South Dakota's antiscience bill stopped
South Dakota's Senate Bill 55, which would have empowered science denial in the classroom, was defeated in the House Education Committee on February 22, 2017. A motion to pass the bill was defeated on a 6-9 vote, while a subsequent motion to defer further consideration of the bill to the forty-first legislative day — effectively killing it — passed on an 11-4 vote.
Among those testifying against the bill were representatives of the state department of education, the Associated School Boards of South Dakota, the School Administrators of South Dakota, the South Dakota Education Association, and Climate Parents, a national movement of parents, grandparents and families mobilizing for clean energy and climate solutions.
In the days before the hearing, there was a groundswell of opposition to the bill, as NCSE previously reported, from both state and national organizations, including scientific, science education, civil liberties, and environmental groups. And a petition organized by Climate Parents garnered almost 1450 signatures from South Dakotans opposed to the bill.
The day before the vote, the Associated Press (February 21, 2017) reviewed the controversy over the bill, quoting teachers, parents, and scientists with concerns about SB 55, and citing a letter from Governor Dennis Daugaard in which he told a group of Augustana University professors that he views the bill as unnecessary.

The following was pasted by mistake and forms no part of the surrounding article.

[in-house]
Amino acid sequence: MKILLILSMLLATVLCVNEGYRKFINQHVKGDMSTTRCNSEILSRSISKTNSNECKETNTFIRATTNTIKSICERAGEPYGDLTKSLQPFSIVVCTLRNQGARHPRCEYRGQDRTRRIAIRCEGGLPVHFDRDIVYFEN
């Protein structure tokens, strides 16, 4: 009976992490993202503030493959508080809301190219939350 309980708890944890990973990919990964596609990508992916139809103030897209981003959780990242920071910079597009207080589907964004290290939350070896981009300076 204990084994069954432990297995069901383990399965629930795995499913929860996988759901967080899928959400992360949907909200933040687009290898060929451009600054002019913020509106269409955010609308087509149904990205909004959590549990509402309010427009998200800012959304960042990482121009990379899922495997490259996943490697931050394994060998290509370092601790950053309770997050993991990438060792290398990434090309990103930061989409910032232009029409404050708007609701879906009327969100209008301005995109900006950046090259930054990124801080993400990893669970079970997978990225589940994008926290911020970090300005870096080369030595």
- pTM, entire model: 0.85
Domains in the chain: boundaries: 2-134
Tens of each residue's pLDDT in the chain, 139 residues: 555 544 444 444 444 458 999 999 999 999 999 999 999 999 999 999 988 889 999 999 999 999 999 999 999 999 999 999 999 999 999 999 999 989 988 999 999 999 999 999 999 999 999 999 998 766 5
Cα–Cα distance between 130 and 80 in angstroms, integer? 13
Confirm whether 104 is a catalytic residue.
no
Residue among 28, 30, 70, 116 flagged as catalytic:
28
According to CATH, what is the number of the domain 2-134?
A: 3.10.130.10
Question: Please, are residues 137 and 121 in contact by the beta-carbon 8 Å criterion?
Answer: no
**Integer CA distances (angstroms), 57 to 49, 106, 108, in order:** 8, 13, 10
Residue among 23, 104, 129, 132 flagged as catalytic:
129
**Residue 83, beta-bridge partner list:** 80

A story in the University of South Dakota student newspaper The Volante (February 21, 2017) quoted a state department of education staffer as describing SB 55 as "attempting to fix a problem that doesn't exist" and a number of professors at the university as expressing opposition to the bill — one describing it as "weasel-worded."
SB 55 reads: "No teacher may be prohibited from helping students understand, analyze, critique, or review in an objective scientific manner the strengths and weaknesses of scientific information presented in courses being taught which are aligned with the content standards established pursuant to § 13-3-48."
SB 55 was one of four similar bills active in 2017, along with Indiana's Senate Resolution 17, Oklahoma's Senate Bill 393, and Texas's House Bill 1485; South Dakota's was the only of them to have been passed by a chamber of the legislature but is the first of them to die. About seventy such bills have been introduced across the country since 2004.